Monday, January 7, 2013

My wrong paths to barefooot running

It's funny that what got me into running at last was largely due to Nike and their Nike Free Shoes. I had often thought about how much better I liked being barefoot and only if there was a shoe without so much, um, shoe, I would probably like running more than I did then Nike came out with the Free and that was it, I had to have them. I started running 3 times a week going out for a mile or so around the park near my house as hard as I could go. I began to actually like running........ a lot. In fact so much so that by the end of summer I felt pretty fast and could actually say that I, "liked running" out loud to friends.
  That Fall I was informed that running in Frees was a very bad idea and that if I didn't want to hurt myself especially now that I was signed up for the Hood to Coast I'd better get some serious running shoes and so I did. What followed was an ongoing battle with knee and shin splints but to be fair I had ramped up the distance too quickly and looking back that may well have been a big part of it. I went to a physical therapist to fix the problem but by April I was still not back to regular training without pain. I decided to try out the Vibrams and see what would happen.
  From the first few steps I knew I liked them and after a few minutes noticed that I had no shin pain at all. It was apparent that all of my running woes were over, I had found the answer! Yep, that's right, just like that my troubles were, yeah.
 I began increasing my mileage too quickly and it wasn't just on the nice flat roads; I ran hills and trails and did speed work all in a panic to be ready for Hood to Coast at the end of August.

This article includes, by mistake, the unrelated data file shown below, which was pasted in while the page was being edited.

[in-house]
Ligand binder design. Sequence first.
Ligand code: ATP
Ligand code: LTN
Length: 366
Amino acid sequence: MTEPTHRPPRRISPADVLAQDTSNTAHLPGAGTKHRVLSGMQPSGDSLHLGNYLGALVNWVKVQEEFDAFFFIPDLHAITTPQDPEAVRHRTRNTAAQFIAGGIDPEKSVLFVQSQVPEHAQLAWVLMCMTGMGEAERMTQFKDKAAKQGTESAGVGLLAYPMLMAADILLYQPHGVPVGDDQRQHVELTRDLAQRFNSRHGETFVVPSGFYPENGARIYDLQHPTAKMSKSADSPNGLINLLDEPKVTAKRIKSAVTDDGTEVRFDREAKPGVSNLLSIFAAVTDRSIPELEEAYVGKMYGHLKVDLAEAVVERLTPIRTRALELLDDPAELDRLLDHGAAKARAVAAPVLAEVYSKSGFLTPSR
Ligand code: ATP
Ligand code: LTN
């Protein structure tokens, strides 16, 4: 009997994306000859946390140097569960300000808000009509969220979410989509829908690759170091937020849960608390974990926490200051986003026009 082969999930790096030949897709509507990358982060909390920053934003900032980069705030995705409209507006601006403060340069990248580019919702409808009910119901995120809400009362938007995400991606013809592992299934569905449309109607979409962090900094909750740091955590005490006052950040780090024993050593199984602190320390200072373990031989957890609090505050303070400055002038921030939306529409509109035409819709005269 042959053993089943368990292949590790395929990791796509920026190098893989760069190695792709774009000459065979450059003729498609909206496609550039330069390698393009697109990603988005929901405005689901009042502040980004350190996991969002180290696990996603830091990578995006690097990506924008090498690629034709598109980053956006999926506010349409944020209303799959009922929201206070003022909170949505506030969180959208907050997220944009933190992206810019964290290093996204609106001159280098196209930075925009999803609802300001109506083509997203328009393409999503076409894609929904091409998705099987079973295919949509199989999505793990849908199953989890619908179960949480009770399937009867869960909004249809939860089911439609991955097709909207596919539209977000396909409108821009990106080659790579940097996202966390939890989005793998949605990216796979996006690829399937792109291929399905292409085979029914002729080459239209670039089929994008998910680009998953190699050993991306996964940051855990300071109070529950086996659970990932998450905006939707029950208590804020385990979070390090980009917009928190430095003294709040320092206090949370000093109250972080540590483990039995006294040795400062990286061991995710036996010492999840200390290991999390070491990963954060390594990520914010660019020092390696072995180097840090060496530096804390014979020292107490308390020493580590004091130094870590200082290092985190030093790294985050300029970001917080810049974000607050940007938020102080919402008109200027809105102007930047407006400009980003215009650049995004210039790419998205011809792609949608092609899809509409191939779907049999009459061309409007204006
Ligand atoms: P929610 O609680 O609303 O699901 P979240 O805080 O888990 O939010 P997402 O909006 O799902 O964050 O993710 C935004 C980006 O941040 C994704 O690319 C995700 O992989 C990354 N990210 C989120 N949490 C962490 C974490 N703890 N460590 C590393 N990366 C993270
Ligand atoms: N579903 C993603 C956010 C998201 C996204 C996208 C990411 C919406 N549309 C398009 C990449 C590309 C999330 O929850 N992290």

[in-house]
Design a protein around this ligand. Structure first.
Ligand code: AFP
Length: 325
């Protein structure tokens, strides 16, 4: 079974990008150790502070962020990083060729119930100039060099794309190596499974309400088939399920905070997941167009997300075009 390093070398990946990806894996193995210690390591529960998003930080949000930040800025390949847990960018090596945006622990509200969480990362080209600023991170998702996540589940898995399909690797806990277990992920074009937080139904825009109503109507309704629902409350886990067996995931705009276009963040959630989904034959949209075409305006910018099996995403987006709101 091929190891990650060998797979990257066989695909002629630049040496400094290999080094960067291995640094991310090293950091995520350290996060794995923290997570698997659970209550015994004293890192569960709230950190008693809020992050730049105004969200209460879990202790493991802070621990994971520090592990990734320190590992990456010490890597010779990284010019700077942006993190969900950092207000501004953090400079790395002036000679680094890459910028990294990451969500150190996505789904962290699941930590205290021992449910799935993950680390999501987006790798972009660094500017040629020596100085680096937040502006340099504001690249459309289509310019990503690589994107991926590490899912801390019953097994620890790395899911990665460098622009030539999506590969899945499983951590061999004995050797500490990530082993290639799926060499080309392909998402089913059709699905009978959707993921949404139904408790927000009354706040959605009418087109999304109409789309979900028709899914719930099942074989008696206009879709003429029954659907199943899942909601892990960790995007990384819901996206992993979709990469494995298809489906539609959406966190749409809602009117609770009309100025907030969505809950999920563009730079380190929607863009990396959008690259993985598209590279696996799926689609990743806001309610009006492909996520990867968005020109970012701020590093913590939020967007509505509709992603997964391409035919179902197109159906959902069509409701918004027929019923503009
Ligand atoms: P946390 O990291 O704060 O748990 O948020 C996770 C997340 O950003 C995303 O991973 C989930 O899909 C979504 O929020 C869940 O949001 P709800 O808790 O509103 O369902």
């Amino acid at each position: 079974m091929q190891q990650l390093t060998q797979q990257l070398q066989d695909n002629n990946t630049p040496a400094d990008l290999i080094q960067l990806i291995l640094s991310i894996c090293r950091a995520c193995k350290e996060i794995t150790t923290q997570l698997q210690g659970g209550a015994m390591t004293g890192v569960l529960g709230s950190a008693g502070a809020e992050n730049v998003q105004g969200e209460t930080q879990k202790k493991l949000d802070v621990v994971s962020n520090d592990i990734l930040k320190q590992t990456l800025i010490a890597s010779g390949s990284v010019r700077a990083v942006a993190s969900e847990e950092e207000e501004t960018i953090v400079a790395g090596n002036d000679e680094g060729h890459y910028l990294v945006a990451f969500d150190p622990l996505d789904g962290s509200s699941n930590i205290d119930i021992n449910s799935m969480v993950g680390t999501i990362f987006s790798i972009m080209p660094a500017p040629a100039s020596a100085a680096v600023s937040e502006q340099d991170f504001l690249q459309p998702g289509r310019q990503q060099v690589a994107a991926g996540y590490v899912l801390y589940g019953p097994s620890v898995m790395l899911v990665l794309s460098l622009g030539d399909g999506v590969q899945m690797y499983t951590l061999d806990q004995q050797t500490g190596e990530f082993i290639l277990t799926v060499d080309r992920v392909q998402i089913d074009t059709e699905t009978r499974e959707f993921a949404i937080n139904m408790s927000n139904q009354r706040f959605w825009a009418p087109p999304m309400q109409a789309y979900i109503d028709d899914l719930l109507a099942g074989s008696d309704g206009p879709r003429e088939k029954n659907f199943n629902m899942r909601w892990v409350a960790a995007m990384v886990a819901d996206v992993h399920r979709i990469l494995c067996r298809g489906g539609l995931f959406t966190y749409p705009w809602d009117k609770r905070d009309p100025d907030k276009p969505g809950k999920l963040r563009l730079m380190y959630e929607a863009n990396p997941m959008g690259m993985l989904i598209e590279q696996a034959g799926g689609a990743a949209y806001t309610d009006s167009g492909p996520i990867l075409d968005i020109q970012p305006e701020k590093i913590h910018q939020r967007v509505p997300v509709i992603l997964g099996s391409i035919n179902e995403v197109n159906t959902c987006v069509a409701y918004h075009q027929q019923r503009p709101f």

I don't remember all of my woes but here are a few highlights:
  Six mile run on a rolling hill route, completely barefoot: Blistered soles so badly I couldn't walk properly for a week.
  Racing at top speed at all times on all runs: I was new and never heard of building a base or increasing slowly plus I was in denial, I was special. The suffering from this is a laundry list but in the interest of those who are still reading here are the maladies I can remember: 1) calf soreness, (note that this was major and if you transition to minimalist running this will also be your fate as well), 2) Achilles tendonitis....chronic. (kinda goes with the calf thing), 3) I.T. band syndrome. Only lasted a month or so. 4) Plantar Fasciitis. This one plagued me for a long, long time. 4) Sciatica. This one was apparently something I already had but was exacerbated by over training.
  Those were the main things and all have been resolved and so with my first blog post coming to a close I would like to ask anyone who reads this a few questions.

If you've tried or want to try minimalist running:
1) What is/are your biggest worry/worries going in?
2) What is your number one question about minimalist running?
3) What can I do to help with your transition.

Keep in mind that I'm not a physician, just a fellow runner who made the transition at the age of 47 and am now 51 and running healthy, barefoot and minimal. I just finished my 4th marathon in Seattle and had a damn great experience. I was not trashed at the end despite giving a 100% effort and getting my Boston Qualifier at last.

Happy running,

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